The plane was said to be from the Eighteenth Air force base, Greenville, S. C., and was on its way from Great Falls to Denver.
The first report of its destress reached the Billings Air Force filter center from its Roundup observation post. Other posts in the netweork called in as it passed over them, apparently headed for the Billings Municipal Airport. The tower at the airport received no radioed distress call from the craft.
GERALD TURLEY of Musselshell was on the Roundup road when the transport zoomed down out of a cloud over him and tipped up on one wing. RALPH PETERS of Route 3 saw the same thing.
"She dropped the engine over there west of the Roundup road," said PETERS. "I heard her blow there. She gained a little altitude then. They were coming in to land."
LEE W. ADSIT, of Rte. 3 was in the upper story of his barn over-looking the CARL THAUT farm field on which the crash occurred. He heard the terrific esplosion and saw the bloom of smoke tower toward the sky.
BRAUNSTADTER was at Dave's Inn, about a quarter of a mile from the crash.
"We heard the crash and the vibration shook the whole building," he said. "I had the baby in my arms. I shoved the baby at my wife and took off across the slough."
One of the men he pulled from the wreckage was lying on the rim of flames around the twisted mass of aluminum. It was in rescuing him he suffered burns on his finger tips.
BRAUNSTADTER said airmen were crawling on the ground away from the wreckage when he ran up. He dashed toward the plane, without a thought of the chance of further explosions.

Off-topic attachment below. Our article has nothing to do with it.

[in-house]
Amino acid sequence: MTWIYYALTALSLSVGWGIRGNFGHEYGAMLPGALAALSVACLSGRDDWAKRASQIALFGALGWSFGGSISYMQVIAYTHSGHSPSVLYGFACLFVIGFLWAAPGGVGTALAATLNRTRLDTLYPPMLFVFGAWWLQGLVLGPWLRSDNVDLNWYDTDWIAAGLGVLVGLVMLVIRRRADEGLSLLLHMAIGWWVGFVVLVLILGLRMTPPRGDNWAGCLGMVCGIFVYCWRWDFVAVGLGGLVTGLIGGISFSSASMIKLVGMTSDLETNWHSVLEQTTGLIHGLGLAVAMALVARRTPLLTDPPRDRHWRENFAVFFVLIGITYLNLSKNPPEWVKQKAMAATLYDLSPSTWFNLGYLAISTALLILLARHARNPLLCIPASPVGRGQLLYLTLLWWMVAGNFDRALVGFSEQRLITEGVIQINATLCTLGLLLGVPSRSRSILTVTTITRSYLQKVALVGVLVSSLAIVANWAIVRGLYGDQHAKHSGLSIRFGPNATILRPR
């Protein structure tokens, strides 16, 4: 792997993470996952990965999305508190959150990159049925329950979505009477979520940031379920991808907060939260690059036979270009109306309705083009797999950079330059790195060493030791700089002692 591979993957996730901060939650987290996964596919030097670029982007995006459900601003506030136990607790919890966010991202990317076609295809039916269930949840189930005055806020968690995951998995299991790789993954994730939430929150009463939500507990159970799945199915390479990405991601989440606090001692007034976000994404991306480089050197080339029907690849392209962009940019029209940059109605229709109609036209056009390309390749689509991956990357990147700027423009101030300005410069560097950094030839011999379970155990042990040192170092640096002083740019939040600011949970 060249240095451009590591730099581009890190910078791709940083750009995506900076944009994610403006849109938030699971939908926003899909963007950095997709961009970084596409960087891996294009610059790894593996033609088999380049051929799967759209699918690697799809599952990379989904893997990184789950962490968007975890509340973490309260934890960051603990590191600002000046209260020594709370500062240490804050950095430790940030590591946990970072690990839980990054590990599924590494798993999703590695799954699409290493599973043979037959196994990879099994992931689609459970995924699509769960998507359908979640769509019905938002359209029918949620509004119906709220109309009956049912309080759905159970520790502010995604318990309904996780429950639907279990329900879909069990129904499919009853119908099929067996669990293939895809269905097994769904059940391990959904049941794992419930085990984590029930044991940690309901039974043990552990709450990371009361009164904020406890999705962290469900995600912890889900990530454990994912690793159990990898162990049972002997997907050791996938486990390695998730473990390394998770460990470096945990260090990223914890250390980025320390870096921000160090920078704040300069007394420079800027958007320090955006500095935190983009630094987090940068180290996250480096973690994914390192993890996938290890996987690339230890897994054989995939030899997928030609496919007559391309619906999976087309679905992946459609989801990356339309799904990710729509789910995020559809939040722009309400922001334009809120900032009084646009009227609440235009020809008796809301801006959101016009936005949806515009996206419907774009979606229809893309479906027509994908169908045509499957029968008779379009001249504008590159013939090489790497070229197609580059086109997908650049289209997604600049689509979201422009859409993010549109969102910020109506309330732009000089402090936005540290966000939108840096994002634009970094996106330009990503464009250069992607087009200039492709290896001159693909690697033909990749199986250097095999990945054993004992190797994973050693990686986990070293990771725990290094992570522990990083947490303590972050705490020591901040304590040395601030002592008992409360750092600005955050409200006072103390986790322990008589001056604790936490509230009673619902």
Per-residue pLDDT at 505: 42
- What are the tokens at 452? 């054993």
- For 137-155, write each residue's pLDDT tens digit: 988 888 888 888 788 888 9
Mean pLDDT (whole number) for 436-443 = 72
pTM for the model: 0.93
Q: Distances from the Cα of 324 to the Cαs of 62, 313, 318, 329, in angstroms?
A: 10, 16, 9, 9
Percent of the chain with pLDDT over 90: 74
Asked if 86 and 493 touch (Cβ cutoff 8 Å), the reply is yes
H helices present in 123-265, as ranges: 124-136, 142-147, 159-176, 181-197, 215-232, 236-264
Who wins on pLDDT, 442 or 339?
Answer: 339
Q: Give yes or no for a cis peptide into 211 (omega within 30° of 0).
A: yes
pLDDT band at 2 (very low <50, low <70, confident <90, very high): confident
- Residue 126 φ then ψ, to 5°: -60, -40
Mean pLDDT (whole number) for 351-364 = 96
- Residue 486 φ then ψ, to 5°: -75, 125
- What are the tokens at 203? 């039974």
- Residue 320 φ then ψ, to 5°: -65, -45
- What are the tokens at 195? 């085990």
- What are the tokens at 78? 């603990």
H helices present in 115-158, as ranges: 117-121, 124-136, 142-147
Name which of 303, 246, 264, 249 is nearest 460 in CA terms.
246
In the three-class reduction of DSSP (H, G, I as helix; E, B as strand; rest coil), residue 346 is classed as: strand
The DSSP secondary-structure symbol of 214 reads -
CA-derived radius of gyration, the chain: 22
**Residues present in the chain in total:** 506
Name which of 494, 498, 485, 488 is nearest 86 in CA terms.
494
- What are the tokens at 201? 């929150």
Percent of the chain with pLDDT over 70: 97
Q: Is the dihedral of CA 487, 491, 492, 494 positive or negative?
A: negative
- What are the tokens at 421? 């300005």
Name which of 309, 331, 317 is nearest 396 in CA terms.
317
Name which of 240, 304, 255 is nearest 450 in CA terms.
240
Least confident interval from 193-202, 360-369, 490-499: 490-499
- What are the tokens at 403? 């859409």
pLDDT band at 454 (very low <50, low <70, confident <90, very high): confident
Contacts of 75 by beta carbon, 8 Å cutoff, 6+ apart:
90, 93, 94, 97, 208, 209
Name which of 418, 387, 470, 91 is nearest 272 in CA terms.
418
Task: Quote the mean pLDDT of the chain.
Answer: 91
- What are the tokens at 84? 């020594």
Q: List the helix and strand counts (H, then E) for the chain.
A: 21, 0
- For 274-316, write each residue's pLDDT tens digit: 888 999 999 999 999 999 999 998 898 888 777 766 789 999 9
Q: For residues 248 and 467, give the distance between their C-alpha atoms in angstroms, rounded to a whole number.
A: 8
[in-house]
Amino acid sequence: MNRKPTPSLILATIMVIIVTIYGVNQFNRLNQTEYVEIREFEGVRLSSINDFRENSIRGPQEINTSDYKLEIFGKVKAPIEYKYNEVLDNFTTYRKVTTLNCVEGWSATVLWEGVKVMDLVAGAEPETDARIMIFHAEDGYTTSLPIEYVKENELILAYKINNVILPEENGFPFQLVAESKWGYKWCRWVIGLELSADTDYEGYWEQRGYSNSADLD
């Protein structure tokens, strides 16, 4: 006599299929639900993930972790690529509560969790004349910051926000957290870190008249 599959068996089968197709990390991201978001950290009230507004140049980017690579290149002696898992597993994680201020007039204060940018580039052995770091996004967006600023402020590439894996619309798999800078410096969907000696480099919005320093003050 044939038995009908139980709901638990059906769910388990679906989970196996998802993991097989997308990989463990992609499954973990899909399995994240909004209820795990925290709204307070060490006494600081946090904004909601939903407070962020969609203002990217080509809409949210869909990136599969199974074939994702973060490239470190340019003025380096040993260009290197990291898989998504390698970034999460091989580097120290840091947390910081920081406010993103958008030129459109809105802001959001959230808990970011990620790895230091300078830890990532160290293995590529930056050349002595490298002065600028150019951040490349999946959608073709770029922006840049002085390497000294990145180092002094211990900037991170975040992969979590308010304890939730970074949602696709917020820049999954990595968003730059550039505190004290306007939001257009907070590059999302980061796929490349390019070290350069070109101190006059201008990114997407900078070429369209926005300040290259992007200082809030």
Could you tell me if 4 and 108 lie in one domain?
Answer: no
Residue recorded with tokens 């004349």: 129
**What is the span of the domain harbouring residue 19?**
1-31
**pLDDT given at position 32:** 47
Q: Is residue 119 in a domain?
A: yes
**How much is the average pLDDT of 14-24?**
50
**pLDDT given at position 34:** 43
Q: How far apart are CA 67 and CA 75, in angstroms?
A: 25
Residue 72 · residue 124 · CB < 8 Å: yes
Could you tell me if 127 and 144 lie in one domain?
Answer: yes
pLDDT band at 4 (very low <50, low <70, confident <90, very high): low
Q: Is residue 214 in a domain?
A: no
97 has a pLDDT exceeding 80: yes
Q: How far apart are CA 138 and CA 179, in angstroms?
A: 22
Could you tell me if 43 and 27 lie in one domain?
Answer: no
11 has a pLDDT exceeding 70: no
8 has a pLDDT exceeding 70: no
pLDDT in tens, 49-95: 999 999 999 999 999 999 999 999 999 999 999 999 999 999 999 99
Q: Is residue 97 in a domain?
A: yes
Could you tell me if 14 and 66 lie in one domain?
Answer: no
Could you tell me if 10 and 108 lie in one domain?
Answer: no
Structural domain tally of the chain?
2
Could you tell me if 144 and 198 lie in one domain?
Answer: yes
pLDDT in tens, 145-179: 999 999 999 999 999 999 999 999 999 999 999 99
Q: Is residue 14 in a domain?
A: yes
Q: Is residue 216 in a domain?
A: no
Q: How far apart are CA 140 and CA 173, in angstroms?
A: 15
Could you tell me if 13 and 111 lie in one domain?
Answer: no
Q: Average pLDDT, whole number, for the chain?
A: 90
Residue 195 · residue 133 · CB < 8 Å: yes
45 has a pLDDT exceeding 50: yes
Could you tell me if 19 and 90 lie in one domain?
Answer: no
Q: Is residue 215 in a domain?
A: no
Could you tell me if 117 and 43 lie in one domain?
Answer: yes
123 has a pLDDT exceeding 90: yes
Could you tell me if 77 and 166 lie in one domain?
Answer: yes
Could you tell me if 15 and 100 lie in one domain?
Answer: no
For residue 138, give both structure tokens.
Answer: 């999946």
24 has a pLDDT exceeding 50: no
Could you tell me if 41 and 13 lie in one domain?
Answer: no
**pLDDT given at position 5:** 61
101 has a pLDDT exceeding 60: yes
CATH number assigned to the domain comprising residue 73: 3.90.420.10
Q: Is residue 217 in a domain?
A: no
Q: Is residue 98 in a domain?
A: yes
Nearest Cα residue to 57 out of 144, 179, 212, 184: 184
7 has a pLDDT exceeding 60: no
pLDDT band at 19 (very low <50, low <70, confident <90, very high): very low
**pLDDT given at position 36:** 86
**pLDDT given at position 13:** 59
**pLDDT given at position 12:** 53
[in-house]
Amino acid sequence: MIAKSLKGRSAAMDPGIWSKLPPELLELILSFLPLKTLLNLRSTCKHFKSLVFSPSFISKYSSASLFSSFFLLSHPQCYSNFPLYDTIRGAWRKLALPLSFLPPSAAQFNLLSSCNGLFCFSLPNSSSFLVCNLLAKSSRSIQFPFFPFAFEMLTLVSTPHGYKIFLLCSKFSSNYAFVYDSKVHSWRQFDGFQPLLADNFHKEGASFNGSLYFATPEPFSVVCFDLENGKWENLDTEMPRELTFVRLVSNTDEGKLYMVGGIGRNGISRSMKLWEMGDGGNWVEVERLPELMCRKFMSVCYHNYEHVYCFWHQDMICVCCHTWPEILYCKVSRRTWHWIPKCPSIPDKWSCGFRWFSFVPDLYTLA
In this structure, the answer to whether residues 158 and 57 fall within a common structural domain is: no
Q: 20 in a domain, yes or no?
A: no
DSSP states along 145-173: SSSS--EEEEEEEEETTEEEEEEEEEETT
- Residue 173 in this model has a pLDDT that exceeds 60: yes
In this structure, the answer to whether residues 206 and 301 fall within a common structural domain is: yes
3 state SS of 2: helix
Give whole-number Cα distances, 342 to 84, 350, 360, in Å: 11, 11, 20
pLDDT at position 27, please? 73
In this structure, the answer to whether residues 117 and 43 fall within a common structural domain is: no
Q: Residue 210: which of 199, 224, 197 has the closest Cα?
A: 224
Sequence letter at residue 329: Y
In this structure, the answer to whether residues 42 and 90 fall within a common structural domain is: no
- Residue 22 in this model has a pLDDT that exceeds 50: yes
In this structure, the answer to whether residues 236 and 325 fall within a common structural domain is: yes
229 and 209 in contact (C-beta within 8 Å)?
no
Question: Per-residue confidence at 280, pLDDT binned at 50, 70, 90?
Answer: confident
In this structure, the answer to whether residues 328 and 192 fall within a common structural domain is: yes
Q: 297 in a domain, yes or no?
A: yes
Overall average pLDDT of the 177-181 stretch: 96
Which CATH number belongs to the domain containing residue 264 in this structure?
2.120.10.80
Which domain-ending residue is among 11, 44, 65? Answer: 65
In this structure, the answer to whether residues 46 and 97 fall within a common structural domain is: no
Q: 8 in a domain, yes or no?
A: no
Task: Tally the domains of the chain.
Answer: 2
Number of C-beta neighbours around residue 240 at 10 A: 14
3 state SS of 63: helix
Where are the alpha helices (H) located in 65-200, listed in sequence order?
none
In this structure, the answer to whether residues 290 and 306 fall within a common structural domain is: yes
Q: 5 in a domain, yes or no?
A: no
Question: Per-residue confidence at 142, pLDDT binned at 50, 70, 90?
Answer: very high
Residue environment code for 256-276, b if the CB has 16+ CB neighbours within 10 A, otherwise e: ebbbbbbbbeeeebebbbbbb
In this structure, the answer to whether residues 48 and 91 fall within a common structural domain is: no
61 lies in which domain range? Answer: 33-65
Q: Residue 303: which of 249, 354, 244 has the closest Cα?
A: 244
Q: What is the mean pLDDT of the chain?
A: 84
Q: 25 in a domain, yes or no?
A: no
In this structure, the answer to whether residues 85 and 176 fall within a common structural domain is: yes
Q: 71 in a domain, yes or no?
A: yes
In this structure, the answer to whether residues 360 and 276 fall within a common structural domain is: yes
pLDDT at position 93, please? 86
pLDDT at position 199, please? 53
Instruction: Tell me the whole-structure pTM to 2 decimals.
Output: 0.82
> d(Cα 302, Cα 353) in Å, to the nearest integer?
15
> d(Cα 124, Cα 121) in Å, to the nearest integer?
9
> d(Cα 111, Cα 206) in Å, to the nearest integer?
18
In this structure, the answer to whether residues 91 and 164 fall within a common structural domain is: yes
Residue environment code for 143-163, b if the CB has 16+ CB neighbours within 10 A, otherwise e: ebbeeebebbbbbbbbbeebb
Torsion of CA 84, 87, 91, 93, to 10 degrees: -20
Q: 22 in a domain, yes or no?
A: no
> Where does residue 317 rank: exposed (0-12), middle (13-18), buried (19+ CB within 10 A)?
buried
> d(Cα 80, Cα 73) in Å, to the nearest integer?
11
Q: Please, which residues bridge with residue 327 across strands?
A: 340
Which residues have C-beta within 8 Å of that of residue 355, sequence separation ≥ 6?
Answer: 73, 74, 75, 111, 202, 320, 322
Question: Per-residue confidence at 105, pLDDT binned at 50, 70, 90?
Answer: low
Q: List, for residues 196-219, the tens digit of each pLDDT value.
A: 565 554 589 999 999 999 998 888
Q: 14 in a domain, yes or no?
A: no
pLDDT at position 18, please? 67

STANLEY HENSON was driving along the highway on his way to Worden. He slammed on his brakes and jumped out. The airmkan he pulled out had a great gash in his head.
All the airmen wore parachutes, but only one was open. It was worn by one of the men who were killed. The plane was too low for a safe jump in the time it made its last circle and headed down toward the field.
The alarm transmitted from the Billings police station after receipt of ALCKSICH'S call brought state highway patrolmen converging on the scene, along with Yellowstone County sheriff's officers, the county fire truck, Billings Ambulance Service vehicles, Billings policemen and the city fire department. The last answered the alarm on orders of Mayor Tom T. Rowe, who went to the crash scene with Comptroller D. E. Hageman.
The Great Falls air force base Tuesday released this list of the men who died when a C-119 Flying Boxcar crashed near Billings:
Capt. H. MANNING of Donaldson air force base, Greenville, S.C.
Major L. L. WITHERS of Stewart AFB, Smyrna, Tenn.
Lt. O. D. ECKSTEIN of Donaldson AFB.
Lt. R. W. JOHNSON of Donaldson AFB.
Staff Sgt. T. R. RICHARDSON of Elmendorf AFB, Anchorage, Alaska.
Airman First Class R. O. HOLLAND, of Donaldson AFB.
AIrman Second Class JAMES F. HARVEY of Great Falls AFB, whose home was at Dallas, Texas.
Airman LAWRENCE E. FINCH of Great Falls AFB, whose home was at Lyons, Kan.

Billings Gazette Montana 1952-11-18